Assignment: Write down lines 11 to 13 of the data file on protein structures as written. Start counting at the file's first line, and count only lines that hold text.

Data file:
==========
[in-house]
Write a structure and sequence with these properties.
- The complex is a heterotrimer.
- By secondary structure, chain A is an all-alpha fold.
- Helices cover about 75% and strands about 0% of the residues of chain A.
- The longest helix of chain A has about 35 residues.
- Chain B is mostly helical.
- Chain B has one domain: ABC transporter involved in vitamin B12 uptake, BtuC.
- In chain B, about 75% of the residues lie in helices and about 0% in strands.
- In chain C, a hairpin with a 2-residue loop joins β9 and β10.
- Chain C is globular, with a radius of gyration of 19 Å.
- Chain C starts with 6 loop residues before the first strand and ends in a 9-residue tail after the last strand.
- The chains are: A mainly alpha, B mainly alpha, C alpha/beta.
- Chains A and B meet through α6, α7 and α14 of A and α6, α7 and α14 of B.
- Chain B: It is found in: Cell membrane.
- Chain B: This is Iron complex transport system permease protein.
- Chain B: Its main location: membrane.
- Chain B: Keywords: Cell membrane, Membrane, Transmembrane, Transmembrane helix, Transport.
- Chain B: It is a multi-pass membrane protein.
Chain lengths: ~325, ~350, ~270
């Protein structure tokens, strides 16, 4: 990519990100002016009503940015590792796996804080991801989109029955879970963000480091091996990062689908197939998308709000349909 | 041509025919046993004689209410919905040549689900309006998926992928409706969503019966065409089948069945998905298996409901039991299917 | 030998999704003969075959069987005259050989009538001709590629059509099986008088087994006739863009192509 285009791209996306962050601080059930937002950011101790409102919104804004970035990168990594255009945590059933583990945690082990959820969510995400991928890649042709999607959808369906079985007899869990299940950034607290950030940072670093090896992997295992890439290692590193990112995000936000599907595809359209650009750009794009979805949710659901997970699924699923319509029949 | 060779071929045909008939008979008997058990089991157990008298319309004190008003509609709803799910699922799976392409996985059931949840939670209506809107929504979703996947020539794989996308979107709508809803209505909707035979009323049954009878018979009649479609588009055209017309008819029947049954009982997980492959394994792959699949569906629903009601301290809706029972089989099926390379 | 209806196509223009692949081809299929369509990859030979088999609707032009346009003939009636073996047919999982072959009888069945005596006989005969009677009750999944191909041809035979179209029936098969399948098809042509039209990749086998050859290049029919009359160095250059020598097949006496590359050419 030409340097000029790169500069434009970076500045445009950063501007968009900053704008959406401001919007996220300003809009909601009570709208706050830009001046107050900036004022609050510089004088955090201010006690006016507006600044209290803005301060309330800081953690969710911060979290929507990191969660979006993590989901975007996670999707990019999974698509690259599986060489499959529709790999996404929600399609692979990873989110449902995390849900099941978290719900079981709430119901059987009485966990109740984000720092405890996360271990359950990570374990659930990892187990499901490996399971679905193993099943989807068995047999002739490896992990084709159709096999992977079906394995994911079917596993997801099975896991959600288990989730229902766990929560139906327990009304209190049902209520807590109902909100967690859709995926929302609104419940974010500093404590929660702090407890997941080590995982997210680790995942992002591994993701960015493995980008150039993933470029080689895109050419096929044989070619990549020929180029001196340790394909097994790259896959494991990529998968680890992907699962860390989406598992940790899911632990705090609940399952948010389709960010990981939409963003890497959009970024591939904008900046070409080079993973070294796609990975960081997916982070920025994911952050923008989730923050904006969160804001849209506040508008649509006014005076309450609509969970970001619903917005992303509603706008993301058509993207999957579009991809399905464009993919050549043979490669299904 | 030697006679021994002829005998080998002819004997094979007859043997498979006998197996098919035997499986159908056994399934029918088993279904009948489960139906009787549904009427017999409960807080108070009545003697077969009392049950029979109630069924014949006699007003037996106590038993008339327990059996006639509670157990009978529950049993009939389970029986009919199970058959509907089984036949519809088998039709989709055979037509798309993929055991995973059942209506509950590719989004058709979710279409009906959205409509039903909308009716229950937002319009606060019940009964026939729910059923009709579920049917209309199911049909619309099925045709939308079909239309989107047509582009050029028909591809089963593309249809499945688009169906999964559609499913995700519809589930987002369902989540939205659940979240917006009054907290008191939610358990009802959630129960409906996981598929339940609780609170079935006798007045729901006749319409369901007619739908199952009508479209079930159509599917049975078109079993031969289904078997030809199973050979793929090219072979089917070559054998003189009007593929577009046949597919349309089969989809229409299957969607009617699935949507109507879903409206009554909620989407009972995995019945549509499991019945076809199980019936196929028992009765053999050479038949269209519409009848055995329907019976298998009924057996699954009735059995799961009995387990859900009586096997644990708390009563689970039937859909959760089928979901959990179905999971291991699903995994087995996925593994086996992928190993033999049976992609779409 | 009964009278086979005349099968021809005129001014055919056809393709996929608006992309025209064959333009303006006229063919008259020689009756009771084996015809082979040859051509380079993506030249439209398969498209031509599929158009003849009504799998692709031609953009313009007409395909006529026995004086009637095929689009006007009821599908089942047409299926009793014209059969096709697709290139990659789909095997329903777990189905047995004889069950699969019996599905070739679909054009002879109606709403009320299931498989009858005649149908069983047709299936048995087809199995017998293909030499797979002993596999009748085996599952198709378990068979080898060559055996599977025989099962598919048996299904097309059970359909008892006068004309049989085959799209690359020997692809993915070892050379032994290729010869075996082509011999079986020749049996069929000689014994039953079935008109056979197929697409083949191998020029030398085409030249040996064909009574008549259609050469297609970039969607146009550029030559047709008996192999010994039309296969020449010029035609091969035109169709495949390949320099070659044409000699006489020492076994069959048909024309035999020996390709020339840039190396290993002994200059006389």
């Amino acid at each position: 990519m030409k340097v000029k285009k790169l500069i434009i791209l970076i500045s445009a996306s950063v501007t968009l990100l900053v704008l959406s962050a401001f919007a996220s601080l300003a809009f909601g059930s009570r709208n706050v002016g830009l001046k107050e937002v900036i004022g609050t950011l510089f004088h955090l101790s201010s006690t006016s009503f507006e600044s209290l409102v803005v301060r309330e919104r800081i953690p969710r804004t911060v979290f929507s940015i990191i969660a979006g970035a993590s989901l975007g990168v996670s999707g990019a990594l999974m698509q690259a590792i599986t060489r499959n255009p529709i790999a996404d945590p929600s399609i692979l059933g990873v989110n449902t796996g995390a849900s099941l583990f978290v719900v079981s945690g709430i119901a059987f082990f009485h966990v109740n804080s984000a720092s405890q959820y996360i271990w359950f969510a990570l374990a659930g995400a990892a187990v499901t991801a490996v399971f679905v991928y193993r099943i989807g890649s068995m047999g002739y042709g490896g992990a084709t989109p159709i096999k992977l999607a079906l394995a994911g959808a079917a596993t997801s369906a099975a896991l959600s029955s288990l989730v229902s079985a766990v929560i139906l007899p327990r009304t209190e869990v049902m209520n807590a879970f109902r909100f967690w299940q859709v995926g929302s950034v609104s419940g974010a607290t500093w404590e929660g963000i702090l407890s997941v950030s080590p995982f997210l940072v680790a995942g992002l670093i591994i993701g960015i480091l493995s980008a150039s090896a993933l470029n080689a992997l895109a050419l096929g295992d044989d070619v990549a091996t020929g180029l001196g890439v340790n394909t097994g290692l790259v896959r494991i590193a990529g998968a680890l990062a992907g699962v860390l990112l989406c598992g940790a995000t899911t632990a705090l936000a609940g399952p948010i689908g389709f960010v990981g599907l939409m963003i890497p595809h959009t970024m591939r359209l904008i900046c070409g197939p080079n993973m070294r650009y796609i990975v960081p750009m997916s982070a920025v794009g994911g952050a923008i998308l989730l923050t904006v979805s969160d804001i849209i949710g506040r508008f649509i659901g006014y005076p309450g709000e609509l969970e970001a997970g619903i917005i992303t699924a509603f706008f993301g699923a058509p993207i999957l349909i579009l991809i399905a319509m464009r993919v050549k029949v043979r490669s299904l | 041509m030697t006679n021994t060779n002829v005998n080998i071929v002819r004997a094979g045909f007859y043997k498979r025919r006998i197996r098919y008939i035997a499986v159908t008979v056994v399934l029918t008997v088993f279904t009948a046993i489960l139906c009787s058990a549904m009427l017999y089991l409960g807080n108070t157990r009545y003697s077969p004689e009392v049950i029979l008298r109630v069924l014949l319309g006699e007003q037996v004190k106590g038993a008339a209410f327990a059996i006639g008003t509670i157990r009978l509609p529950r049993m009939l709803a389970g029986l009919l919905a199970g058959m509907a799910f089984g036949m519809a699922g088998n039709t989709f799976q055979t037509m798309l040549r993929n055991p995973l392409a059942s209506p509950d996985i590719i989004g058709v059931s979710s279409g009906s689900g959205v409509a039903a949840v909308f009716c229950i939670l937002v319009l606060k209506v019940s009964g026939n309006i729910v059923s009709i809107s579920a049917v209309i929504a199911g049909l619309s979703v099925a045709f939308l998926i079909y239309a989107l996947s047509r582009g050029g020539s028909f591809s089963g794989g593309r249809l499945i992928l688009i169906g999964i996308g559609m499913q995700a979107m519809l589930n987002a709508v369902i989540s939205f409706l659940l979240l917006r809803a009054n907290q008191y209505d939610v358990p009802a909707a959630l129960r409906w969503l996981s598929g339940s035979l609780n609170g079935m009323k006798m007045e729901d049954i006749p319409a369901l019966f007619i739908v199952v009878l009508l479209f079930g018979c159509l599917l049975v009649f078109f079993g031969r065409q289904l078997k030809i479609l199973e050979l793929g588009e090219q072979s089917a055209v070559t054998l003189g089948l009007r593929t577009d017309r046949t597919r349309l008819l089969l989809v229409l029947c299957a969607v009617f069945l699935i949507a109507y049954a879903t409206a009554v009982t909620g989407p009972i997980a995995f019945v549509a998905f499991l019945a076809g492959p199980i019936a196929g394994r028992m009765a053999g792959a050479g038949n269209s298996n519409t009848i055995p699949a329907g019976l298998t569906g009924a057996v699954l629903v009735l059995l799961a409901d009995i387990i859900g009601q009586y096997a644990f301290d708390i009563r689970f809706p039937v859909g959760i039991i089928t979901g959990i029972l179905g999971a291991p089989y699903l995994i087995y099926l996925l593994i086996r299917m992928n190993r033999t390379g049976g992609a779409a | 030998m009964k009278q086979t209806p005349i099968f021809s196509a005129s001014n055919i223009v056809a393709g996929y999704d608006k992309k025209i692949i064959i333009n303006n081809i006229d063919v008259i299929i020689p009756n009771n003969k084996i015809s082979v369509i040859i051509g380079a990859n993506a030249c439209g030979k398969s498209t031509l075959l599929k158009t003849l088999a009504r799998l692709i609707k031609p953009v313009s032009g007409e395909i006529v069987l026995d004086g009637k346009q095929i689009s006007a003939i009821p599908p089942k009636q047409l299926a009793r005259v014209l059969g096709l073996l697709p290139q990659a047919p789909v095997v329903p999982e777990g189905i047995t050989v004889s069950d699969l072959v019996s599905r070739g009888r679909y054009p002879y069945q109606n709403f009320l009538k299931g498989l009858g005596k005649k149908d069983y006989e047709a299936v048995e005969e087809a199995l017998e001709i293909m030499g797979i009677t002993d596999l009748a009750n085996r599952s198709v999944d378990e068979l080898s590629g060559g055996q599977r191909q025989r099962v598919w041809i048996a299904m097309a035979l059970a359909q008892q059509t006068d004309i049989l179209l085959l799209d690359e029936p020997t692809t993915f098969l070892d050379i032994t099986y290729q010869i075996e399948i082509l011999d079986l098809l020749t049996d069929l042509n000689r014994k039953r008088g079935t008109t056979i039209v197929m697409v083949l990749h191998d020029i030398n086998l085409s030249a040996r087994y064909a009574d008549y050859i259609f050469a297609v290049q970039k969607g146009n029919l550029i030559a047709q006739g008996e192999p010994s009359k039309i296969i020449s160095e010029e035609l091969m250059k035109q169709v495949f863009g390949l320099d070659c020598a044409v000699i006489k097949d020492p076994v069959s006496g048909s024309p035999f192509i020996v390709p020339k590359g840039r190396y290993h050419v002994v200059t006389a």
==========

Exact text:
- Chain C is globular, with a radius of gyration of 19 Å.
- Chain C starts with 6 loop residues before the first strand and ends in a 9-residue tail after the last strand.
- The chains are: A mainly alpha, B mainly alpha, C alpha/beta.